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Issue: Issue 6 (2019) – Supplement 1


Acute ischemic stroke and severe bilateral internal carotid stenosis: a double dilemma

Bárbara Pedro, Marisa Mariano, Patrícia Ferreira, Jaime Pamplona, Ana Paiva Nunes, and João Reis
Background: Carotid artery stenosis is a significant cause of ischemic stroke with a high risk of recurrent vascular events. Carotid artery stenting (CAS) is a minimally invasive alternative to endarterectomy and has largely emerged as a treatment option over the past decade. Bilateral carotid artery stenting is generally treated by staged stenting procedure and rarely simultaneously. 
Clinical case: The authors report the case of a 73-year-old man with history of hypertension, dyslipidaemia and chronic alcohol intake, who acutely developed a left central facial palsy, dysarthria and left hemiparesis and hemihypoesthesia, scoring 21 points on the National Institute of Health Stroke Scale (NIHSS). Computed tomography (CT) showed no signs of acute vascular lesion. CT-angiography revealed occlusion of the right extracranial internal carotid artery (ICA) and additional middle cerebral artery (MCA) thrombus, at the M1 segment. Intravenous thrombolysis with rt-PA was started, and the patient was transported to the endovascular center. At admission he presented neurologic improvement (NIHSS17) and repeated CT that showed ischemic lesion on the right middle cerebral artery territory (ASPECTS 5). After the evaluation of the risks and the benefits, it was decided to perform cerebral angiography. This showed tandem occlusion of the proximal segment of right ICA (atherosclerotic plaque and thrombus) and occlusion of left distal ICA (intra-cavernous segment). Mechanical thrombectomy was performed and carotid stent was placed on the right ICA with satisfactory reperfusion - TICI 3. The patient was subsequently admitted to the stroke unit where he started double antiplatelet therapy with ticagrelor and aspirin. Close clinical monitoring showed neurologic improvement at 24 hours – NIHSS 6. Control brain CT was performed 24 hours later and showed infarct in the right MCA territory, as well as petechial haemorrhagic transformation. Carotid ultrasound confirmed severe left ICA stenosis with hemodynamic repercussion in the left ophthalmic artery and left MCA. On the third day after admission a brain MRI was performed and showed acute infarcts in the right middle cerebral artery territory, a left border-zone infarct and left hemispheric hypoperfusion. MRI-angiography revealed sub-occlusion of the left ICA. It was decided to perform left carotid artery stenting, followed by mechanical angioplasty with intra-stent balloon with satisfactory reperfusion. The neurosonological study was repeated and confirmed stents patency. The patient was discharged with neurological improvement (NIHSS 2) and maintained under double antiplatelet therapy.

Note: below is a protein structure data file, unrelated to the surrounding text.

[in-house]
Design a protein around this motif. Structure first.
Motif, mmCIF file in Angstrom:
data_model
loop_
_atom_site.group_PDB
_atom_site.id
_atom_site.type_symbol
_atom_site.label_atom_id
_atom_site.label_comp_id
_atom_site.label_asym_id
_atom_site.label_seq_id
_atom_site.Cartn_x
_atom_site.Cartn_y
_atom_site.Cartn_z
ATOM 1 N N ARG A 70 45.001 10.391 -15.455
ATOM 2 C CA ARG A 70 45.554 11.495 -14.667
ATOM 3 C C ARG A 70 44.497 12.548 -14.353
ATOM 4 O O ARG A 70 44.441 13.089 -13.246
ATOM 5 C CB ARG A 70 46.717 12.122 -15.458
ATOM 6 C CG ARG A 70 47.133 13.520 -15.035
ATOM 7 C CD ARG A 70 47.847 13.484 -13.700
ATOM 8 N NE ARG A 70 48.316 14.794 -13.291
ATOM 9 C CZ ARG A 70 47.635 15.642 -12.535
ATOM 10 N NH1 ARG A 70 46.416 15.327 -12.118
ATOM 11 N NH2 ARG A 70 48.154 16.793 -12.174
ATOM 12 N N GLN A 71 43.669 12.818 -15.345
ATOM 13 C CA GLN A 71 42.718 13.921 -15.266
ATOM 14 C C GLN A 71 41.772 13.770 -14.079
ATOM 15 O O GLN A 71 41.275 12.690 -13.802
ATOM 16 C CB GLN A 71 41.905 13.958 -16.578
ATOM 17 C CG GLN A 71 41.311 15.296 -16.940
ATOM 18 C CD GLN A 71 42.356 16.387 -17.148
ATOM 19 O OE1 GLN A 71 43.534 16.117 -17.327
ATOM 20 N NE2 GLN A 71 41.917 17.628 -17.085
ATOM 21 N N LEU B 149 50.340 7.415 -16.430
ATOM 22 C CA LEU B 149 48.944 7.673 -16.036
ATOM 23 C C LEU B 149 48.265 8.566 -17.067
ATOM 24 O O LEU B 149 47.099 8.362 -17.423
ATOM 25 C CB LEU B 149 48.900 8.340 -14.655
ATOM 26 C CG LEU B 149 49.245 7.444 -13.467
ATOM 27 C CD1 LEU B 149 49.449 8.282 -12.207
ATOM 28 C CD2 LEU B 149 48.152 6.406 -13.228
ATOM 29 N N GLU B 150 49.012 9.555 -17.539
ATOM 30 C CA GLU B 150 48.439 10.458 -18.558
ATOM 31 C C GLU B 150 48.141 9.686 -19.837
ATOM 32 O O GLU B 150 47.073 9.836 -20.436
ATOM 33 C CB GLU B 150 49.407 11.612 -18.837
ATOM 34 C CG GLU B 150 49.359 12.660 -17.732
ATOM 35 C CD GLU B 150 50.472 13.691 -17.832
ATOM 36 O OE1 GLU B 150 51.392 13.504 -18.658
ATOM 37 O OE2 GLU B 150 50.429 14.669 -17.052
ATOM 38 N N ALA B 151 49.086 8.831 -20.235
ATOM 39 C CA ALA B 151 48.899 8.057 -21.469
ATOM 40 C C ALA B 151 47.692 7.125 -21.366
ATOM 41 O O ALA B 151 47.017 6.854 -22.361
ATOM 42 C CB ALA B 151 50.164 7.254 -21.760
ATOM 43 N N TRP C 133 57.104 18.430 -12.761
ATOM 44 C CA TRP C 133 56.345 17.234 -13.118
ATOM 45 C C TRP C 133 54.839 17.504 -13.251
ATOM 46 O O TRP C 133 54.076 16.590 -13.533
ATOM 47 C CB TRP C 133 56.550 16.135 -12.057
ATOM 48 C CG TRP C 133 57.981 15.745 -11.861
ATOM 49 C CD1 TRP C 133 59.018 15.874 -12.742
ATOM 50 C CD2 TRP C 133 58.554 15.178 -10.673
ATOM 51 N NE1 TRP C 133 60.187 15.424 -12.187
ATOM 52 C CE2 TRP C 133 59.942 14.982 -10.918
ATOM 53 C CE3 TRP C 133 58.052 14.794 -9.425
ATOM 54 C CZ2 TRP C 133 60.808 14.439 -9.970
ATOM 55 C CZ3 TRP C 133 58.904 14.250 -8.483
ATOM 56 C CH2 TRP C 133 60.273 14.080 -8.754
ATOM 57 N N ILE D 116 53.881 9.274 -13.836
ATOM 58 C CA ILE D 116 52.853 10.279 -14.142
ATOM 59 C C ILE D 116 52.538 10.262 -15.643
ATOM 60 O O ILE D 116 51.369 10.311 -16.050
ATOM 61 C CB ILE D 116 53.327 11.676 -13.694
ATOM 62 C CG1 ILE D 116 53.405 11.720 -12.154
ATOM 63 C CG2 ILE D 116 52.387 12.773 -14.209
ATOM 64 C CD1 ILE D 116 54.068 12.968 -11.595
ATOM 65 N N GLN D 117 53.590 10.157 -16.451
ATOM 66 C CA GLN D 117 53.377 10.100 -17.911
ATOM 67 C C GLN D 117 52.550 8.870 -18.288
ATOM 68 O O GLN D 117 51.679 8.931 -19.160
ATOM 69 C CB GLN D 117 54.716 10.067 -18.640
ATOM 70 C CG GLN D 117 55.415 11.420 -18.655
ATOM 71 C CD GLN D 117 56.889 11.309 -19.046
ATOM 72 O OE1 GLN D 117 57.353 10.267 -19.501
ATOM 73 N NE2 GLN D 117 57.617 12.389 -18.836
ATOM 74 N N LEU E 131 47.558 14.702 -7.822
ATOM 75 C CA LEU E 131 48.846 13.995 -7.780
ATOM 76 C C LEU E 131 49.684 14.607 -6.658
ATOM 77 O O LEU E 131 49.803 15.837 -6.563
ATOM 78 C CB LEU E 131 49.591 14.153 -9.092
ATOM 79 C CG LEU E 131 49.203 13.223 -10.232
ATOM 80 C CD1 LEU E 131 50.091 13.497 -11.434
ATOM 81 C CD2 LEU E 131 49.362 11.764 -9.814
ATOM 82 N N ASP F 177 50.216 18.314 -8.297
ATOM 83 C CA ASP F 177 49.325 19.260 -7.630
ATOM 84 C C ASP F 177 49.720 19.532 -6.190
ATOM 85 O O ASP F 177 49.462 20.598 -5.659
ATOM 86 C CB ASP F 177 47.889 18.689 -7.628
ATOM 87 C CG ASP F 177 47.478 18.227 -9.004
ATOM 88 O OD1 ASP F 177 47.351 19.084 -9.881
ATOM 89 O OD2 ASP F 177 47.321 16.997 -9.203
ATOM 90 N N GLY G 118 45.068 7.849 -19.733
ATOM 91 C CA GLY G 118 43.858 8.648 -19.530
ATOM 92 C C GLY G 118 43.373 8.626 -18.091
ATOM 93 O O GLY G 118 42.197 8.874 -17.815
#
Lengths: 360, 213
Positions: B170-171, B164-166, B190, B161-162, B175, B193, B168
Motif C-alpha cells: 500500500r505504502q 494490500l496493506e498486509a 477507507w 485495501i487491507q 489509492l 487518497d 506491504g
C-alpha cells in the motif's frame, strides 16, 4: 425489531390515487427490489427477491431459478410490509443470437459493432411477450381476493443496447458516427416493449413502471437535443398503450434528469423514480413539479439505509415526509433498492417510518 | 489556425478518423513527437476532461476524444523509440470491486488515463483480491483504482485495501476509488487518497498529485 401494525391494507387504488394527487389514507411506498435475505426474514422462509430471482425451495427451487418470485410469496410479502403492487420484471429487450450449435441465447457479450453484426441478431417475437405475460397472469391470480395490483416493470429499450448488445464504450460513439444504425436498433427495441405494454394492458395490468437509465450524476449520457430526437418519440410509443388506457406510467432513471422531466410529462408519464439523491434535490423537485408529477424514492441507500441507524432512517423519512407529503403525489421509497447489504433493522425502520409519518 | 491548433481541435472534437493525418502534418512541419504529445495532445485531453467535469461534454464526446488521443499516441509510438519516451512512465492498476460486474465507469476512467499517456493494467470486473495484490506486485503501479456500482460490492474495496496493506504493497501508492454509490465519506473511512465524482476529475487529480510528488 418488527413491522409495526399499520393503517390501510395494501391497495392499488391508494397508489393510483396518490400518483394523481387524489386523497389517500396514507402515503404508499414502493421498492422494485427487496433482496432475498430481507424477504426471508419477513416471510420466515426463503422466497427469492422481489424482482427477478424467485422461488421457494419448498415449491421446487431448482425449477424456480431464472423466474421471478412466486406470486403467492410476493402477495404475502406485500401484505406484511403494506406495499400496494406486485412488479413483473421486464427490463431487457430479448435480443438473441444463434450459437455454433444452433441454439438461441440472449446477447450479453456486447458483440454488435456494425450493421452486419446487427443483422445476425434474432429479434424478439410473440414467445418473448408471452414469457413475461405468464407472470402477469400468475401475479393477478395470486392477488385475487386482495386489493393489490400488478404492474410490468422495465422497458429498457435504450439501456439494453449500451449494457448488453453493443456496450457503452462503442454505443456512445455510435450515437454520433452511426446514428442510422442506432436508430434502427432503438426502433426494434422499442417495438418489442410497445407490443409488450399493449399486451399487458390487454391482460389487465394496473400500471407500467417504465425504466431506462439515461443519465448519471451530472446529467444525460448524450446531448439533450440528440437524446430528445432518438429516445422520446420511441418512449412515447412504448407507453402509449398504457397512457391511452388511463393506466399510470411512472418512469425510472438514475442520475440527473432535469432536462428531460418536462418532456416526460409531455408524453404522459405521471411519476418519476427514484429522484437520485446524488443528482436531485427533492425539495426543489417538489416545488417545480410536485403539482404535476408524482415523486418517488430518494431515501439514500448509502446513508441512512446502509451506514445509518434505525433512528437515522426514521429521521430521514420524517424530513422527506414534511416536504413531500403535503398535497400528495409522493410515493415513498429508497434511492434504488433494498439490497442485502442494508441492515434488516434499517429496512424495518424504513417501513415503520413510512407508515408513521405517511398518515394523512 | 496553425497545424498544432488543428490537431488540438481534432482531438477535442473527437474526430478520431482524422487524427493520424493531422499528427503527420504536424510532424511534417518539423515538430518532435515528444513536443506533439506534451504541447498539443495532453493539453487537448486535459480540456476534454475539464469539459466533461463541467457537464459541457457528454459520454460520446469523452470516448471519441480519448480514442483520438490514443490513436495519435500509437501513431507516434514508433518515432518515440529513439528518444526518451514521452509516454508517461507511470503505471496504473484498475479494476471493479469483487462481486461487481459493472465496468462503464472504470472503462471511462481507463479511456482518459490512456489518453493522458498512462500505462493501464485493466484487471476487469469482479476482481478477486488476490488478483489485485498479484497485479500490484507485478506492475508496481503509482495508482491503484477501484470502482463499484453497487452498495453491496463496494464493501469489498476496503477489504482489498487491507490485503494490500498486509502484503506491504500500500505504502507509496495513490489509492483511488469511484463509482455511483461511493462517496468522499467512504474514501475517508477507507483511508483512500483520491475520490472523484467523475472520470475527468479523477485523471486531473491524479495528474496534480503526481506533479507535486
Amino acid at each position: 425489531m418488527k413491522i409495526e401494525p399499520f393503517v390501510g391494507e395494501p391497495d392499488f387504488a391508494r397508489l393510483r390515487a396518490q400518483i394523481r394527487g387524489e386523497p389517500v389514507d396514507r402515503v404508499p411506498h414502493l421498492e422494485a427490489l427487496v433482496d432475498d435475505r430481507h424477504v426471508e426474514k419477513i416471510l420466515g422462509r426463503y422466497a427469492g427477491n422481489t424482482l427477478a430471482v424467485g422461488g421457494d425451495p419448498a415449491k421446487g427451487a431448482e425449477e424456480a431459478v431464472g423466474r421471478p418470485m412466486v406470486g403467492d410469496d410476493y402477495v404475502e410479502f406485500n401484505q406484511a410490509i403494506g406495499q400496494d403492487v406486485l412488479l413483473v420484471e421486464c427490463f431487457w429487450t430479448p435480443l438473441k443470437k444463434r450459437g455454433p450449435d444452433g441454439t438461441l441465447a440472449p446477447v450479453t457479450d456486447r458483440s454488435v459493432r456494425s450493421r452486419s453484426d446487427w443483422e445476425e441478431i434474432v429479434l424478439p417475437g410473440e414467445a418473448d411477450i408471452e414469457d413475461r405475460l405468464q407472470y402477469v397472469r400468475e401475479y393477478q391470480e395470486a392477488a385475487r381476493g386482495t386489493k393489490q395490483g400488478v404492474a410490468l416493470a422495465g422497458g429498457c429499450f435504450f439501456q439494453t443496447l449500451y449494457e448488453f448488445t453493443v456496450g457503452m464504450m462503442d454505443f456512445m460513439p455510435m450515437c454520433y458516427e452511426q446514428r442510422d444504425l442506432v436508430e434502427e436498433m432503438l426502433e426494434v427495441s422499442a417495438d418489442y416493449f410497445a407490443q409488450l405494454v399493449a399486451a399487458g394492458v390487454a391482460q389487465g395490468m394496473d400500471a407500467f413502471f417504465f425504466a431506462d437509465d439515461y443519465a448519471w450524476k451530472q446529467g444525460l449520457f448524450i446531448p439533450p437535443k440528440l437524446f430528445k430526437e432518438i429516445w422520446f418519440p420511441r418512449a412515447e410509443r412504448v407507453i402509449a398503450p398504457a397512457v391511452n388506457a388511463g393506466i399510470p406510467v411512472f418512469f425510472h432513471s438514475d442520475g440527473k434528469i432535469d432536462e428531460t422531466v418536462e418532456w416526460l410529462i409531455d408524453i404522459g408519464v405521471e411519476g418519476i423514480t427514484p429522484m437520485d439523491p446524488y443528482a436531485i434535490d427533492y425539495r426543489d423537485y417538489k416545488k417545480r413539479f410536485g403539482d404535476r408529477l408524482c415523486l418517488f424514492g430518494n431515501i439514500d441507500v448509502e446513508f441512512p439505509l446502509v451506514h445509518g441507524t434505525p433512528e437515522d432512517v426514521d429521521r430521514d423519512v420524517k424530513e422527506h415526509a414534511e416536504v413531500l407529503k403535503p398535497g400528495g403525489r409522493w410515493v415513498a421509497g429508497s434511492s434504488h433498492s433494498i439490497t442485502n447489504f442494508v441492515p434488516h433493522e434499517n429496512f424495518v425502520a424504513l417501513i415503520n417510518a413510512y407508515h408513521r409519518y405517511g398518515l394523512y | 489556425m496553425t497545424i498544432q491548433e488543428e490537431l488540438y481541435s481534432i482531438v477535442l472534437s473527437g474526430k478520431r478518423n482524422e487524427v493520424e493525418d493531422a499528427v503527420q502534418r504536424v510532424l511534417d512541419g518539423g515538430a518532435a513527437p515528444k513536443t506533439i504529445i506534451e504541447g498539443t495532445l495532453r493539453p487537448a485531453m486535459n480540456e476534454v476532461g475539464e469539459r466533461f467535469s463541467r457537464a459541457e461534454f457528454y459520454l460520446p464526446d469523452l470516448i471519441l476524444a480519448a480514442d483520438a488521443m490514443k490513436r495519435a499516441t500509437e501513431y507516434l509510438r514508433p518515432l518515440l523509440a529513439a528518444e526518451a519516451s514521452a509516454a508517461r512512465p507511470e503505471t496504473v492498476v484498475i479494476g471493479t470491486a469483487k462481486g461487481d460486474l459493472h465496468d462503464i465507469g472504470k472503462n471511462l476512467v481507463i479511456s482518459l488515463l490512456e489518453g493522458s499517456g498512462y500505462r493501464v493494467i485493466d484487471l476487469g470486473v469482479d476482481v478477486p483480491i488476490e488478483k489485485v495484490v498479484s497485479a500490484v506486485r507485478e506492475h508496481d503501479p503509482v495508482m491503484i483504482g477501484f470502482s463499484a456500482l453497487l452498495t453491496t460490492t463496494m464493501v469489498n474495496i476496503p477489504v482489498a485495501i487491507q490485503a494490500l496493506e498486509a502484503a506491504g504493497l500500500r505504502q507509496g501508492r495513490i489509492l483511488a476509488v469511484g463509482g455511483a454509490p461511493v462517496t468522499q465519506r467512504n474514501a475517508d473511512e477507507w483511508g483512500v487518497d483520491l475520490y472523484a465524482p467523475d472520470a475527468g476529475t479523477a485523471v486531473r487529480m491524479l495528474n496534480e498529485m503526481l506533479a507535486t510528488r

Conclusion: We would like to discuss the best management in this case, namely among the following options: maintain double antiplatelet therapy and close monitoring or proceed to endovascular (CAS) or surgical treatment of carotid stenosis immediately. We want to discuss the safety and efficacy of the bilateral CAS in patients with acute stroke.

From the Lisbon Stroke Summit, Lisbon, Portugal. 5–6 April 2019.

International Journal of Clinical Neurosciences and Mental Health 2019; 6(Suppl. 1):P7
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